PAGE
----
Spice Up the Season!


Looking out at the fog that has settled into the valley below our Applegate home, it’s hard to believe that just a short time ago we were watching the news for wildfire alerts and wondering if was ever going to rain again. Now that we are well into winter here in Southern Oregon, we should take a moment to consider the effects this season has on the health and well-being of the animals under our care.

But first, my wife Becky and I would like to express heartfelt gratitude for all our new friends and acquaintances here in the Rogue Valley. Not very long ago, we bid farewell to Portland and steered a packed-to-the-ceiling U-Haul truck southward toward a very uncertain future. It was Thanksgiving eve, and we drove through the night, sharing the cramped confines of the vehicle’s cab with an array of anxious pets and traumatized houseplants. Now, four short years later, we feel that we are truly “home,” and we’re grateful to be part of this vibrant community. I would also like to thank everyone who has supported me and helped me to build my veterinary clinic into the successful practice it is today. It wouldn’t have been possible without the exceptional level of care, compassion and love that people here have for their animals. We are all fortunate to live in such a place.

Now back to the subject of winter. When the mercury drops, there’s nothing quite like the comforting flavor of fresh pumpkin pie. So why is it more appealing during the winter holidays than, say, during the Fourth of July? Think about the spices that go into a pumpkin pie:ginger,nutmeg, cinnamon and cloves. All these spices are considered “warming” and “pungent” or invigorating, so it seems pretty obvious they’d be more appropriate in the colder, damper, darker and less active times of the year. I frequently see older dogs and other animals with arthritic symptoms that are worse in the winter, and I’ll recommend that clients grate some ginger root and cinnamon into the animal’s food. Broths are another example of a good winter food. A homemade broth from leftover turkey bones is a fantastic addition to your dog or cat’s dinner. It’s especially helpful for older, weaker animals that benefit from the high level of easily assimilated nutrients present in broths.

Another way to help understand health aspects of seasonal changes is the concept of blood flow dynamics. In the heat of the summer, there is relatively more blood on the skin (cooling) and other body surfaces, whereas in the colder months it is more internalized (protective). Studies have shown a higher incidence of certain diseases, such as heart failure, that occur in the winter when blood is congested internally rather than dispersed in the smaller vessels externally. Dry skin (and dry eyes) is often more an issue in animals in the winter due to the relative lack of nourishing and moisturizing blood flow on epithelial surfaces. Horses can suffer from “winter colic” because of a decrease of blood supply and function to the lining of their intestines, which is, if you think about it, another body surface area. Feeding our carnivores more nutrient-dense foods such as eggs, organ meats and broths are helpful to “build blood” during the time of year when certain parts of the body may not be getting enough. Herbivores such as goats and horses also benefit from foods higher in vitamins and minerals this time of year.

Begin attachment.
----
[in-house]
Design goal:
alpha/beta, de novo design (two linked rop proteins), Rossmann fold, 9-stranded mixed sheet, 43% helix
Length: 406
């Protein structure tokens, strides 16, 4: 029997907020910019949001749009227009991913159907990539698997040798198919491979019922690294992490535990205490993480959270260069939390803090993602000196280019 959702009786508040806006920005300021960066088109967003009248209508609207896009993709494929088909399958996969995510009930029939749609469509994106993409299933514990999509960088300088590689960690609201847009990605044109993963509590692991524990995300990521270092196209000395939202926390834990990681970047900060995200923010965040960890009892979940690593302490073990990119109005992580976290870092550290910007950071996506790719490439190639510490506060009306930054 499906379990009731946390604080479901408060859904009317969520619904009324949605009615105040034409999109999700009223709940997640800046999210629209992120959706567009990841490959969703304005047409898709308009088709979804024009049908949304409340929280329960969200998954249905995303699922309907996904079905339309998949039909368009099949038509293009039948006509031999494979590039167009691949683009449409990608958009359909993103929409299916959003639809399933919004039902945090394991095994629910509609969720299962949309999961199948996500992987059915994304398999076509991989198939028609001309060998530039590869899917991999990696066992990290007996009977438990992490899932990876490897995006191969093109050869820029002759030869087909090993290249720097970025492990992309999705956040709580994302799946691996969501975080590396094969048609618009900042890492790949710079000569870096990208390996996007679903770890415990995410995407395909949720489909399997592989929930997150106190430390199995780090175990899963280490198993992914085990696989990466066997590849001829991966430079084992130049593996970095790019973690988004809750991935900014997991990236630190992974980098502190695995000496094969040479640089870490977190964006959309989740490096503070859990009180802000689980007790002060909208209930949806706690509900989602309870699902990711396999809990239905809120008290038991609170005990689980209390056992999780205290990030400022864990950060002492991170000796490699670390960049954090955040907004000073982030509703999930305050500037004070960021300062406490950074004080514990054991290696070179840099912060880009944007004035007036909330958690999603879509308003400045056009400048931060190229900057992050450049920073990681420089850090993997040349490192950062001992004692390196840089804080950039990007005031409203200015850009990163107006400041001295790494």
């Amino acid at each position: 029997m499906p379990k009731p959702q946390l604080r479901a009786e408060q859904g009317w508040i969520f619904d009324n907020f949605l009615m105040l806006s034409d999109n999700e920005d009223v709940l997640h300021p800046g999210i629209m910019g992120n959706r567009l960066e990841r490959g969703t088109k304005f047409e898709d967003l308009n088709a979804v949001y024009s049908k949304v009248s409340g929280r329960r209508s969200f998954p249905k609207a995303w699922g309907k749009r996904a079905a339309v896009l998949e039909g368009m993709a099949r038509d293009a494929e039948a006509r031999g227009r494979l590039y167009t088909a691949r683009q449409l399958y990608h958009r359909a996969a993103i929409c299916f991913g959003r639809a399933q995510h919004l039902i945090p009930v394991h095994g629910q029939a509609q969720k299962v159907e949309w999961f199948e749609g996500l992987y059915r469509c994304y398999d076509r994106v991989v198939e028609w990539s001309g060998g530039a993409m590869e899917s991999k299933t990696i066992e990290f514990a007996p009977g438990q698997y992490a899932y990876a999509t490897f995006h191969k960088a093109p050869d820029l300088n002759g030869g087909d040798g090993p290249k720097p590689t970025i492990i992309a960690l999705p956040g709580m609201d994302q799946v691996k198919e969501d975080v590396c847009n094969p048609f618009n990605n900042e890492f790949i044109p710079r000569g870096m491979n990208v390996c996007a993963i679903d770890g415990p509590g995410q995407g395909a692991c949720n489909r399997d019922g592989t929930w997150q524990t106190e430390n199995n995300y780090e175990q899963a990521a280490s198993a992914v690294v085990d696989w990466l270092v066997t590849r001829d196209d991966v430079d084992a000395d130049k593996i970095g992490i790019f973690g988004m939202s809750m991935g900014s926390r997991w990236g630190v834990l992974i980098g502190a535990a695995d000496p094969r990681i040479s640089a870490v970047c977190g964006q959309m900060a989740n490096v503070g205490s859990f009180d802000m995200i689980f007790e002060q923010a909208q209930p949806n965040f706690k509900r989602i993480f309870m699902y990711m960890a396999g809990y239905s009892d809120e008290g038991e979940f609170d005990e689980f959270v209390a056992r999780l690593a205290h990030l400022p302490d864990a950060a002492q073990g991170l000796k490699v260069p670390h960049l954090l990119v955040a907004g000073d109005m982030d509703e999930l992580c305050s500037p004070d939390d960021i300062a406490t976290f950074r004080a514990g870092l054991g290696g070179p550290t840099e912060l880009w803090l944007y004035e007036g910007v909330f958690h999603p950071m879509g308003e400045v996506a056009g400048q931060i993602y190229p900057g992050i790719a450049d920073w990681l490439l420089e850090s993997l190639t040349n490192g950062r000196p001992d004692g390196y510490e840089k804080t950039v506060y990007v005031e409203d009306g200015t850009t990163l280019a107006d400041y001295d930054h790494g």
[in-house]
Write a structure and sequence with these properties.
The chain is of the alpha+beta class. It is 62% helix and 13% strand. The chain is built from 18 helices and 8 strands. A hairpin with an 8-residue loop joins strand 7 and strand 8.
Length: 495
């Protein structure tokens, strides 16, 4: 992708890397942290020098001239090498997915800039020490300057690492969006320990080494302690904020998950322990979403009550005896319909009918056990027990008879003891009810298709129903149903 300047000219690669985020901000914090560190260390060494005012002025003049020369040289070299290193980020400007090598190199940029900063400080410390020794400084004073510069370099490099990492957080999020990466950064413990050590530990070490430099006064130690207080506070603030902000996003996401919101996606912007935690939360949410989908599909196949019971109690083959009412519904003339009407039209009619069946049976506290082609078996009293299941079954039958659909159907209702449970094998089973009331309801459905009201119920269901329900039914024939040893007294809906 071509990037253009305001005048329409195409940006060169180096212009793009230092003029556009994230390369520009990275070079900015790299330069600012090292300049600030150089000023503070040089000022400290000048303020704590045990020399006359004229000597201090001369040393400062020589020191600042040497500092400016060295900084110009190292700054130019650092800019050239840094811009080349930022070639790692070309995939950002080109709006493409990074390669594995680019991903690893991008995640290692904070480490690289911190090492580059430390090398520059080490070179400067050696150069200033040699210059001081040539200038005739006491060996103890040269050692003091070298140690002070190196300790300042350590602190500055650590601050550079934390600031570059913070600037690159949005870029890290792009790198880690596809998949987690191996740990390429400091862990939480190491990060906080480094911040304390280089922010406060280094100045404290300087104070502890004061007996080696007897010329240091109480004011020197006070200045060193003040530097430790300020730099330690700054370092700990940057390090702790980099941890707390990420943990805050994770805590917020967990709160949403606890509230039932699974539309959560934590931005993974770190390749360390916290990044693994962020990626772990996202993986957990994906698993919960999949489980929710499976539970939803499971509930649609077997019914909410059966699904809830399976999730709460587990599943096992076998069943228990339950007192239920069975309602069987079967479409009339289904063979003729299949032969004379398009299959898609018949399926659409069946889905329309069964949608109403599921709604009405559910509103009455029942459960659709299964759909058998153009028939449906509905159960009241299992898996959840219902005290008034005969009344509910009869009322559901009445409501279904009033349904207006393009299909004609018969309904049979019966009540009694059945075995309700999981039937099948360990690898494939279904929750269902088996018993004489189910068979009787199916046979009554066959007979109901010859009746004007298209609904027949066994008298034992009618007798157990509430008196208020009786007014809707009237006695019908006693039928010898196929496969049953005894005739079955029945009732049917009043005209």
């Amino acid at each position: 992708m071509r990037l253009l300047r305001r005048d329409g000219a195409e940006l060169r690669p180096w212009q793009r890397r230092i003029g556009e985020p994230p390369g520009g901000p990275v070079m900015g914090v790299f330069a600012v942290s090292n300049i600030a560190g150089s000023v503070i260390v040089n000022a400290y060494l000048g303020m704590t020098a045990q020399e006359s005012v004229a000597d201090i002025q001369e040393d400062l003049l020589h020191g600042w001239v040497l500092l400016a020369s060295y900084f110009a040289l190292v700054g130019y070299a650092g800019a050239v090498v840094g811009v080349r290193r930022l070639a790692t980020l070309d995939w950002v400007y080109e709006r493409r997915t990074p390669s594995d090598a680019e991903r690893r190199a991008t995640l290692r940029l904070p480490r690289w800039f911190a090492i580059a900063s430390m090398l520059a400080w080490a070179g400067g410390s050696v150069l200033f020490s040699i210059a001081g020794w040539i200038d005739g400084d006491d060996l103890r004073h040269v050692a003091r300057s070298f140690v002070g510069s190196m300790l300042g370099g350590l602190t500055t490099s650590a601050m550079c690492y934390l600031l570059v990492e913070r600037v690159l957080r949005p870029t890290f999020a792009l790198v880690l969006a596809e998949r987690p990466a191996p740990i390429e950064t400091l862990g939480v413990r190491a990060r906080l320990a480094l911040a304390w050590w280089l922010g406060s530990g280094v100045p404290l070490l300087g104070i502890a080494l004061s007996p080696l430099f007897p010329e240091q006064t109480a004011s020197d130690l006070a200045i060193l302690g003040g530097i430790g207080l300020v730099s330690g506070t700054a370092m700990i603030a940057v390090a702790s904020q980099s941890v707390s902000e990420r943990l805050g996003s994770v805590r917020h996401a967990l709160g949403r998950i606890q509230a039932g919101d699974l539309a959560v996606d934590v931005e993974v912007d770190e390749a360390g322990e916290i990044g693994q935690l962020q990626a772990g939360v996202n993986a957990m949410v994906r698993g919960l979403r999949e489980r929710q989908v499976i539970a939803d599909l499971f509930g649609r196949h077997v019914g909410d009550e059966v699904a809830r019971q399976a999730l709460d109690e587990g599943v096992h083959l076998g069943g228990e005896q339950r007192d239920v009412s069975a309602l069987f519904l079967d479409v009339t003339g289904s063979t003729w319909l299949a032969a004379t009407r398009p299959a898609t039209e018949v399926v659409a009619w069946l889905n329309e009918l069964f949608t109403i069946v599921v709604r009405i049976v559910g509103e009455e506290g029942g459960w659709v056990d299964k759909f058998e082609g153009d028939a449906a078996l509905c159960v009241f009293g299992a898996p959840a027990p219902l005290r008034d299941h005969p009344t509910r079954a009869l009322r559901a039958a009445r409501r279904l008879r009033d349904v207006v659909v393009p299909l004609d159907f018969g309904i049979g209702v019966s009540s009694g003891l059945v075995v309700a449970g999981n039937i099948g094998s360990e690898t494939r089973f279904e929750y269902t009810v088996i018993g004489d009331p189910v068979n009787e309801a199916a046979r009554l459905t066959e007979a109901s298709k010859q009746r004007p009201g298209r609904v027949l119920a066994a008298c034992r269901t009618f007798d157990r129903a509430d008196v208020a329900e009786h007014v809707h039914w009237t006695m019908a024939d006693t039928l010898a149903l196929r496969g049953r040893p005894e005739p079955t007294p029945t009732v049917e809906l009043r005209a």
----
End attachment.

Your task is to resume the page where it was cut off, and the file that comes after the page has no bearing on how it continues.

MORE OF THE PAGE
Another important consideration is exercise. While it’s natural for our animals and ourselves to be less active during the shorter, colder days, daily exercise is still important. Physical activity is warming and invigorating, and helps counteract the slower, consolidating influence of the winter season. It also helps to improve blood flow to areas of the body that need more circulation. Older animals with arthritic joints frequently have a harder time with colder temperatures, and benefit greatly from easy short, regular walks. With less activity, many animals tend to gain weight over the winter, so it may be necessary to cut back on their food. Our animals that live outdoors, however, frequently need more more carbohydrates and fats in the winter to generate heat despite reduced exercise.

I hope you’re enjoying the delights of the winter season here in Southern Oregon as much as Becky and I are. Happy holidays and blessings to you, your families, and all the “critters” that bring so much joy and value to our lives.


Dr. Judkins is the owner of AnimalKind Holistic Veterinary Clinic in Historic Jacksonville

There are 3 comments left Go To Comment

  1. Jan March /

    Thank you for the article and thank you and Becky for taking that uncertain journey to the Rogue Valley. Your practice of veterinary care is so needed and welcome here. You rock!

  2. Janice Becker /

    Can you recommend an herbal supplement for my 13 yr old female Westie with obvious Cushings. I do work closely with our Vet but I am declining the extensive
    testing and drugs. She was a rescue years ago. In the last two years she has
    Changed dramatically – marking every symptom on the Cushings checklist.

    Drinks large amounts & Urinates big puddles day & night, her weight has ballooned to 26.2 lbs. she has low energy to play with 2 yr old Other Westie, sleeps all dat
    Has has skin issues for a long time. Cytopoint helps some.

    1. Dr J / Post Author

      Every case is a bit different, but I find a low carb, minimally processed fresh diet and the Chinese herb formula Si Miao San are usually effective. If you live nearby , I would recommend you bring your dog to our clinic for treatment. ~ Dr J

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